Background is the Kerr Tartan The following story and photographs were published in the Shotts History Group Bulletin, Vol 4 2005
the author being Martine Young (nee Stewart)of Fort William. Unfortunately all efforts to contact
both the Society and the author to obtain permission to reproduce the article and
scan of photos have so far been unsuccessful, I will continue to endeavour to contact them
however in the meantime I am putting this page up in the interest of providing my extended Kerr
Family and other interested persons the opportunity to share this important piece of our family history.
MEMORIES OF FARMING IN THE FIFTIES
(A tribute to the Kerrs of Hillhouseridge Farm)
My first memory of Peg (Margaret) Kerr was her friendly patience with an inquisitive four-year-old child.
During WW11, before the compulsory pasteurisation of milk, Peg drove round the streets of Shotts each morning in her little blue van,
delivering milk from her family's dairy herd. She decanted the milk, stored in ten gallon churns, from pint or quart measures into her customer's jug.
To me this was a far more interesting way of getting the milk than having it delivered in bottles from the Co-op.
It was some ten years later, when I moved with my parents to Eildon Cottage (Squirrel Cottage) at Springbank, that I got to know Peg and her
family much better. Over the next four years, I spent much of my spare time and school holidays helping on the farm.
The Kerr Family, Mr Andrew and Mrs Sarah Kerr (nee Fell)and their daughters Agnes (Nan) and Margaret (Peg),ran the 150 acre Hillhouseridge Farm with Mrs Kerr's
brother, Will Fell. Ion Hague was the farmhand for most of the time I was there. The Kerrs took over the farm around 1930 but
there had been a farm there for several hundred years. There may well have been one in the 1680's. A lintel, found by the Kerrs in one of the
fields and re-used over a byre door, had two sets of initials carved on it with the date 1689(after 50 years I cannot remember the exact date but it was in that timescale).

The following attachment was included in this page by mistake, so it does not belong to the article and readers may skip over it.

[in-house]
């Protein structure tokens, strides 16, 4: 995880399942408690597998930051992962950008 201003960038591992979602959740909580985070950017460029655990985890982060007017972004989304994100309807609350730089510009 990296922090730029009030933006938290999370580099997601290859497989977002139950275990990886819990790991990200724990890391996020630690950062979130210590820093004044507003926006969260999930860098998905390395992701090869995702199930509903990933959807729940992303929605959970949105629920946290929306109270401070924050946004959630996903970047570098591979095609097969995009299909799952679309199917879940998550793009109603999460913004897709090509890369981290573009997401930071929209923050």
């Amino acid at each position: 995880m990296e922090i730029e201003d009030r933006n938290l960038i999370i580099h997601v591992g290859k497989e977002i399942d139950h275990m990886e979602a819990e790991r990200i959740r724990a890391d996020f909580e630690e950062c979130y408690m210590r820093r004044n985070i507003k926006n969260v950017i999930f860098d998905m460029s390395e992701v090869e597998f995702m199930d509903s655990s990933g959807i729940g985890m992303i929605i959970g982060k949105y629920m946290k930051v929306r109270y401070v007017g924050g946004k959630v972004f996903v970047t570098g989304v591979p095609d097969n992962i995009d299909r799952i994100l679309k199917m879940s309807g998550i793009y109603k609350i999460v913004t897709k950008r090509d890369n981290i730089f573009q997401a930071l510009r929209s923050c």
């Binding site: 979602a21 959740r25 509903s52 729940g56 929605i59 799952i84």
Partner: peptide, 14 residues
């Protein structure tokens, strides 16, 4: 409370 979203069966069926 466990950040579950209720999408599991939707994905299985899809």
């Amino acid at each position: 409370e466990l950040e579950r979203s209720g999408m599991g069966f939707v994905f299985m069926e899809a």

(?Too this may have been a marriage lintel). Harvest 1956
The farm is recorded on the Roy map drawn up in the second half of the 18th century. Hints of the run
rig-system marked on the map were still visible on the small field just north of the farmstead when I lived there.
The Kerrs ran their dairy farm as self-sufficient as possible. They grew oats and hay, a difficult task so near the margins of arable farming six hundred feet above sea level.
Some concentrate feed was bought, the rest of the animal feed and bedding was produced on the farm. Although there was some mechanisation in the mid 50's, echoes of farming methods,
which would have been familiar to Hillhouseridge's earlier tenants, were still being used. However, the tractor was the workhorse by this time.
Machines were used to milk around twenty Ayrshire cows twice a day. The central dairy collected the full ten-gallon churns each morning. The herd bull was changed every two years.
Some were placid and content to come into the milking parlour with their harem each morning and evening, others were so evil tempered and, although they were secure in their own looseboxes, I would
not go into the same byre. Female calves born to the herd were retained for the next generation of milkers and bull calves were sent to market. When female calves were a year old, they were grazed at
another farm over the summer and were brought back when the harvest was in and the fields available for grazing. In nature Ayrshire cattle have horns. Most cattle in the 1950's still had them and they caused